QCRYPT 2012, and a surprise appearance

A couple weeks ago the “Second Annual Conference on Quantum Cryptography”, QCRYPT 2012, took place in the National University of Singapore. The first installment, in 2011 in Zurich, was a lot of fun, and I was greatly looking forward both to the workshop and to visiting Singapore, a city where I spent three of my teenage years.

The QCRYPT conference series attempts to address what seems to me like a formidable challenge: bringing together all communities working on quantum cryptography, from the hardcore theorists dreaming up relativistic bit commitment schemes (invited talk by Adrian Kent on “Quantum cryptography in Minkowski space”) or ruling out psi-epistemic theories (invited talk by Manas Kumar Patra on “Probing the reality of quantum state”), to the most talented experimentalists presenting detailed reports on recent advances (the best student paper award went to Paul Jouquet for his paper “Experimental demonstration of continuous-variable quantum key distribution over 80 km of standard telecom fiber”).

As you can imagine, such a diverse program makes for quite a diverse crowd, and a clear highlight of the conference is the discussions that take place in the hallways…or on the beach! We had our conference dinner on the Sentosa island (right next to the QIP 2011 rump session, for those who were around), timed to perfection with a beautiful sunset on the impressive Singapore harbor (photos courtesy of the qcrypt website)


Following the excellent food and dreadful beer (they can’t help it — it’s Singapore), the “cerise sur le gateau” came as an impromptu Skype session with, guess whom, the father of quantum cryptography, Stephen Wiesner. Stephanie Wehner had been trying very hard to get him to come, but Wiesner wouldn’t commit. Up till the last minute there was no guarantee we’d hear from him, and in fact he made quite a suspenseful appearance: apparently he had some kind of a private (unconditionally secure?) connection with Charlie Bennett, who was attending the dinner, and Charlie was sharing with us the minute details of Wiesner getting on the bus, off the bus, booting his computer…until it actually happened!

The sound quality wasn’t too good, and video was off, so we didn’t hear that much of him. Wiesner sounded quite curious and entertained though, and he recalled how the first thoughts of his famous quantum money scheme came to him: watching some physics experiment (ran, I think, by the army), he started wondering how quantum particles could be used to transmit information more efficiently. He got the idea of “multiplexing” two different signals in a quantum superposition — of course, while the superposition could in principle carry twice as much information, only one of the two signals, at random, could be recovered! This then somehow led him to the idea of a quantum bank note: a state that can be verified, but not copied (the subject of quantum money is a story for another day…)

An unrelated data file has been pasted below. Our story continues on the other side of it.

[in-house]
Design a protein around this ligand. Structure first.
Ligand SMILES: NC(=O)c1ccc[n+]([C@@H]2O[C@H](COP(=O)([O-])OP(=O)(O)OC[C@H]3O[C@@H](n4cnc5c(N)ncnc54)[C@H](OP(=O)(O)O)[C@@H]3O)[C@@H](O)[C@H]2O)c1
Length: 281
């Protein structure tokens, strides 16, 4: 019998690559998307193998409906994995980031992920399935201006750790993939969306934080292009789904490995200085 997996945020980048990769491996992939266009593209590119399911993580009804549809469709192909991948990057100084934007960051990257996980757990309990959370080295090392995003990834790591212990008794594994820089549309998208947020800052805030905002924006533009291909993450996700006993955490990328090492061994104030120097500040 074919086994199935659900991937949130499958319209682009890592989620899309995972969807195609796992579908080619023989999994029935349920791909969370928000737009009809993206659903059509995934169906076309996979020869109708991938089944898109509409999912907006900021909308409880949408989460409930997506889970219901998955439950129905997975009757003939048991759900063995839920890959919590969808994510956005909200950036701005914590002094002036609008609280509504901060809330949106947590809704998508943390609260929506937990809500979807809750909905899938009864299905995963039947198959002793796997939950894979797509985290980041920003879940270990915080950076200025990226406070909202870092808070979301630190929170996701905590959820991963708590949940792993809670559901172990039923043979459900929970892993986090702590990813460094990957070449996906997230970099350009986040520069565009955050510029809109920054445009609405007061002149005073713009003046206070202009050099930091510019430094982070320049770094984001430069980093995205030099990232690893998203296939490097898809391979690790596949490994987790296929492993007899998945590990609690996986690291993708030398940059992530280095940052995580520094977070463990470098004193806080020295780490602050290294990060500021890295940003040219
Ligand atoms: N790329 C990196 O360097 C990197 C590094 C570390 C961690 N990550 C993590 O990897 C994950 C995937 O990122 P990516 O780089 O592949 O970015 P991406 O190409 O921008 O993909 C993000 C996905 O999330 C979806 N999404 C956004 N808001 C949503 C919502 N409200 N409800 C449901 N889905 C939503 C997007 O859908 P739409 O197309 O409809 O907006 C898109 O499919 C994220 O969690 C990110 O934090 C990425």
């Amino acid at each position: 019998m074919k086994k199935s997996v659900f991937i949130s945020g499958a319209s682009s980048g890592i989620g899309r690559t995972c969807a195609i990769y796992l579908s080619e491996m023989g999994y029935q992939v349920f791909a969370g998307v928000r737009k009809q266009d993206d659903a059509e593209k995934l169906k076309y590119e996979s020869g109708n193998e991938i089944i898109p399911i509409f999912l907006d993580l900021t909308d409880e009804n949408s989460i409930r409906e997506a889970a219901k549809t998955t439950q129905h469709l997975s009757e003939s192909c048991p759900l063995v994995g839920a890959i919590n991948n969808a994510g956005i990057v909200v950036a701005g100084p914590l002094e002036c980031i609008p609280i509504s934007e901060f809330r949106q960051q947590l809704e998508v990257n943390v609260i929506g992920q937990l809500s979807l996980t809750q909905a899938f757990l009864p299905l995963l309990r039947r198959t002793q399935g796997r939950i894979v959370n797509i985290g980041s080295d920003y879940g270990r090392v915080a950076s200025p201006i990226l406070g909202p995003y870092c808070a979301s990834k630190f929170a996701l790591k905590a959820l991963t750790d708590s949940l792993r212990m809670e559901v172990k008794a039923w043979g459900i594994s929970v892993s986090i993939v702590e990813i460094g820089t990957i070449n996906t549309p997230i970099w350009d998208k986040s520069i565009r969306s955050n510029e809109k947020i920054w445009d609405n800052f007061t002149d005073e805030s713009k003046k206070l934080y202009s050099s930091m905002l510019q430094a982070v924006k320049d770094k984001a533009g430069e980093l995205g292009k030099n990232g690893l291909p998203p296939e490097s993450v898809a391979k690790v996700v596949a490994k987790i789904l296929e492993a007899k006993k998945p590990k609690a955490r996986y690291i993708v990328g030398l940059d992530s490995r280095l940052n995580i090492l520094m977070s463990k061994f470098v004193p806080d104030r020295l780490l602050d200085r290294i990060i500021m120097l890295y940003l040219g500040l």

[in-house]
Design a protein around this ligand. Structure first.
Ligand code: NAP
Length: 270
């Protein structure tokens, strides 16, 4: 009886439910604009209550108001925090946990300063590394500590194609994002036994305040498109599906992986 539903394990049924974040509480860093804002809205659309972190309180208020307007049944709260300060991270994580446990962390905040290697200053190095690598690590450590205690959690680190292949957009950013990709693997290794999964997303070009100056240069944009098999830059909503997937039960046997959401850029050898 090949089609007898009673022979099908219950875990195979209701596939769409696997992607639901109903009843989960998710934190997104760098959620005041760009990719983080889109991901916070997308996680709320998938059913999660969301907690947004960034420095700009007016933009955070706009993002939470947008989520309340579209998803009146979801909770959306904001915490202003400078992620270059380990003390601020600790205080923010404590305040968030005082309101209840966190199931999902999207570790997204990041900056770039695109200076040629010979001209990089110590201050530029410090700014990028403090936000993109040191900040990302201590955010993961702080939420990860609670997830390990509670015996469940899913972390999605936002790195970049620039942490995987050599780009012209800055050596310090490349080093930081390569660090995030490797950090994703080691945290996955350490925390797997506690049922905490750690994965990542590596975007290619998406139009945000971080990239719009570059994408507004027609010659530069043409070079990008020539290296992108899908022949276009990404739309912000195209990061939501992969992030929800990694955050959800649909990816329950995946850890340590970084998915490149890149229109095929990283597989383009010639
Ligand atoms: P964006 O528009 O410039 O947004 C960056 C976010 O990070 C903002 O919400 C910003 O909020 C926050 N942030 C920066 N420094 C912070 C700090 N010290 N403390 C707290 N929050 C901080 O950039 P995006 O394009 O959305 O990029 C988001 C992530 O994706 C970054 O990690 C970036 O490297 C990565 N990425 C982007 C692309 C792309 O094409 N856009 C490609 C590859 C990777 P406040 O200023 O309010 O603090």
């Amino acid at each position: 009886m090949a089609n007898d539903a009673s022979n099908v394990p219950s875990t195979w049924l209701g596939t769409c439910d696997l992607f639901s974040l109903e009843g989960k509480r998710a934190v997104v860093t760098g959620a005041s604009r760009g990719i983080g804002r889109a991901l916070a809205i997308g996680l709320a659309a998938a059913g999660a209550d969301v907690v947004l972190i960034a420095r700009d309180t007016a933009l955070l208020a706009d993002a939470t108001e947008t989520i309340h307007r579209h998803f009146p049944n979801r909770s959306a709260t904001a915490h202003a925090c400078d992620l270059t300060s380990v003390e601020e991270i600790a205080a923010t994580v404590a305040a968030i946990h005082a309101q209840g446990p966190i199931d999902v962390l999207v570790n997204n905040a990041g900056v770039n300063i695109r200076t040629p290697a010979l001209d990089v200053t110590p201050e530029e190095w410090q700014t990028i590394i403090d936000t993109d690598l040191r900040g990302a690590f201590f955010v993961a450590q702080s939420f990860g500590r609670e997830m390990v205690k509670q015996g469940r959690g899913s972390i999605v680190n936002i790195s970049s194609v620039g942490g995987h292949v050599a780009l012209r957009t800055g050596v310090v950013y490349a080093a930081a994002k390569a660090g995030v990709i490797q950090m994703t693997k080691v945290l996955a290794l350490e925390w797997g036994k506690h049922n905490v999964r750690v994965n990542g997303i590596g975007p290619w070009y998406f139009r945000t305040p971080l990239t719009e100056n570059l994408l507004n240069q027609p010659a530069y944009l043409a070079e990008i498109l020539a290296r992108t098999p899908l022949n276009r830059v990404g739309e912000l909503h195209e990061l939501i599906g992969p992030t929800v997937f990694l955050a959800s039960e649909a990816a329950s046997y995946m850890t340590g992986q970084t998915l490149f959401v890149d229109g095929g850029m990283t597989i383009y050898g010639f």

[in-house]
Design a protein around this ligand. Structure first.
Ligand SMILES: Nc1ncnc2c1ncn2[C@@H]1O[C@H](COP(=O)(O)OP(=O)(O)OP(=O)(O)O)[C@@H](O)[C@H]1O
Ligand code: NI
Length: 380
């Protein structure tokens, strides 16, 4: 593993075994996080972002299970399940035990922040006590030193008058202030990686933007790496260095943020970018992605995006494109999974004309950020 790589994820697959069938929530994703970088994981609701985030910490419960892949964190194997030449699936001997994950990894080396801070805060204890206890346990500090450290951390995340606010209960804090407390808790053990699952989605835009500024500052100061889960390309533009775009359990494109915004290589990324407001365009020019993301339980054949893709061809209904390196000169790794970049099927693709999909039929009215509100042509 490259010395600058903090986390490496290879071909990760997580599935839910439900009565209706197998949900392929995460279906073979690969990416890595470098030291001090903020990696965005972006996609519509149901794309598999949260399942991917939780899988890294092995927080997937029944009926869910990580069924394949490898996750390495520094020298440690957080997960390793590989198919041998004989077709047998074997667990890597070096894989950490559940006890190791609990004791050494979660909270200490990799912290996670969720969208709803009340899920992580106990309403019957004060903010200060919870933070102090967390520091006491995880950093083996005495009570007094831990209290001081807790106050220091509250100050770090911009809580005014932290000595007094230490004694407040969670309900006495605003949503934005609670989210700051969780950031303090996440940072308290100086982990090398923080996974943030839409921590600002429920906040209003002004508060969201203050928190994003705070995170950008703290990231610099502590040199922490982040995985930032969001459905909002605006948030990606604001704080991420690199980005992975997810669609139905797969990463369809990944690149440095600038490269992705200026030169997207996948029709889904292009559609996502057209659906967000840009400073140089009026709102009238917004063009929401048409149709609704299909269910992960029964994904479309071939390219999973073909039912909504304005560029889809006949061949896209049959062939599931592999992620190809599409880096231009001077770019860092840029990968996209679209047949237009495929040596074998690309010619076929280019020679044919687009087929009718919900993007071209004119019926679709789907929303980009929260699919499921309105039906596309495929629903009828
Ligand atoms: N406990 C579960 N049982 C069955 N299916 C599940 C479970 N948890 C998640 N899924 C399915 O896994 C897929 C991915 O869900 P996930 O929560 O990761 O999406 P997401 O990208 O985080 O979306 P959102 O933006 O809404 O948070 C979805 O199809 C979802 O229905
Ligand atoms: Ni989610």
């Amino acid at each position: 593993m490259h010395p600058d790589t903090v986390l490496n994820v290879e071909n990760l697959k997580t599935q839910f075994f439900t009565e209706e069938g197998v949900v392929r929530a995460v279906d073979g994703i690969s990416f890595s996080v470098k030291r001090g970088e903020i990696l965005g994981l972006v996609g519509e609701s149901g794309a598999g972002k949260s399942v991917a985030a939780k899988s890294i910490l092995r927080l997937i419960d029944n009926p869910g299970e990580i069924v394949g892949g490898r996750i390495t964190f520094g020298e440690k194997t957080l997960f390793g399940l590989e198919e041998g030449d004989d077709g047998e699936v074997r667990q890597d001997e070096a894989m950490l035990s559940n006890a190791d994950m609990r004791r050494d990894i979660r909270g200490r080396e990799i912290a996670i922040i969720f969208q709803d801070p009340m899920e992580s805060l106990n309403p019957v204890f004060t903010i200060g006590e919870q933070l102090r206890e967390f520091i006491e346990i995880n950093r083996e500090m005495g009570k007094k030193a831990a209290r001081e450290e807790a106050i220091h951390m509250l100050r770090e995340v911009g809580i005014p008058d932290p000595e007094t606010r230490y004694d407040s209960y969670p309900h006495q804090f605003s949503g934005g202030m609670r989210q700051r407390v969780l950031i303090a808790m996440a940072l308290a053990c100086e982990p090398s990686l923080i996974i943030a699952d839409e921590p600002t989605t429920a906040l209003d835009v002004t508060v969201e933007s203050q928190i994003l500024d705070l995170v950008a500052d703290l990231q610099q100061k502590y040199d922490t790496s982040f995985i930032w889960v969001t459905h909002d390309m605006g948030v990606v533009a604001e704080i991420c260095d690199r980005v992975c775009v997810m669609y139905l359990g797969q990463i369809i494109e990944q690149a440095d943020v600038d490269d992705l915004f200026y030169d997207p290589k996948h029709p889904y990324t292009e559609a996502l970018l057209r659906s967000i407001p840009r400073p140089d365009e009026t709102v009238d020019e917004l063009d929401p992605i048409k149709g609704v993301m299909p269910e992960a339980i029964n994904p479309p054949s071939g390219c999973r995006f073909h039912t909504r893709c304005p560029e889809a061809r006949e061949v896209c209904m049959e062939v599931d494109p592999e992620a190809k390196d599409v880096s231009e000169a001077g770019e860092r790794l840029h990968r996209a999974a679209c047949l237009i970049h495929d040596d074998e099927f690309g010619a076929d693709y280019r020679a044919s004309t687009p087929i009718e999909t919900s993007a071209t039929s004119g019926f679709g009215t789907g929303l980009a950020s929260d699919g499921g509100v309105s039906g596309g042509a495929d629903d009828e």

At the end of the conversation Wiesner asked the audience if we had any questions. Since no one stood up, he took it upon him to warm up the atmosphere: sounding playful, he asked us what applications we had in mind for quantum key distribution (or was it quantum cryptography?). Silence…no one had any good answer? Indeed, that particular question was a recurrent theme during the whole workshop — maybe I will talk about it a later day; I also hope to discuss the scientific content of the conference some more.

Next year’s QCRYPT will be hosted by IQC Waterloo. The QCRYPT logo is a benevolent-looking sheep, and organizers seems to be putting increasing amounts of effort into promoting it…an attempt at making quantum cryptography less intimidating? To the right is this year’s sheep, the subject of a hotly contested photo contest (see the qcrypt webpage for pictures).

I don’t know about you, but to me this guy really looks like he’s up to something… Next year’s organizers already promised they’ll have a real flesh-and-blood sheep in attendance; we’ll have to see if it looks any more trustworthy.

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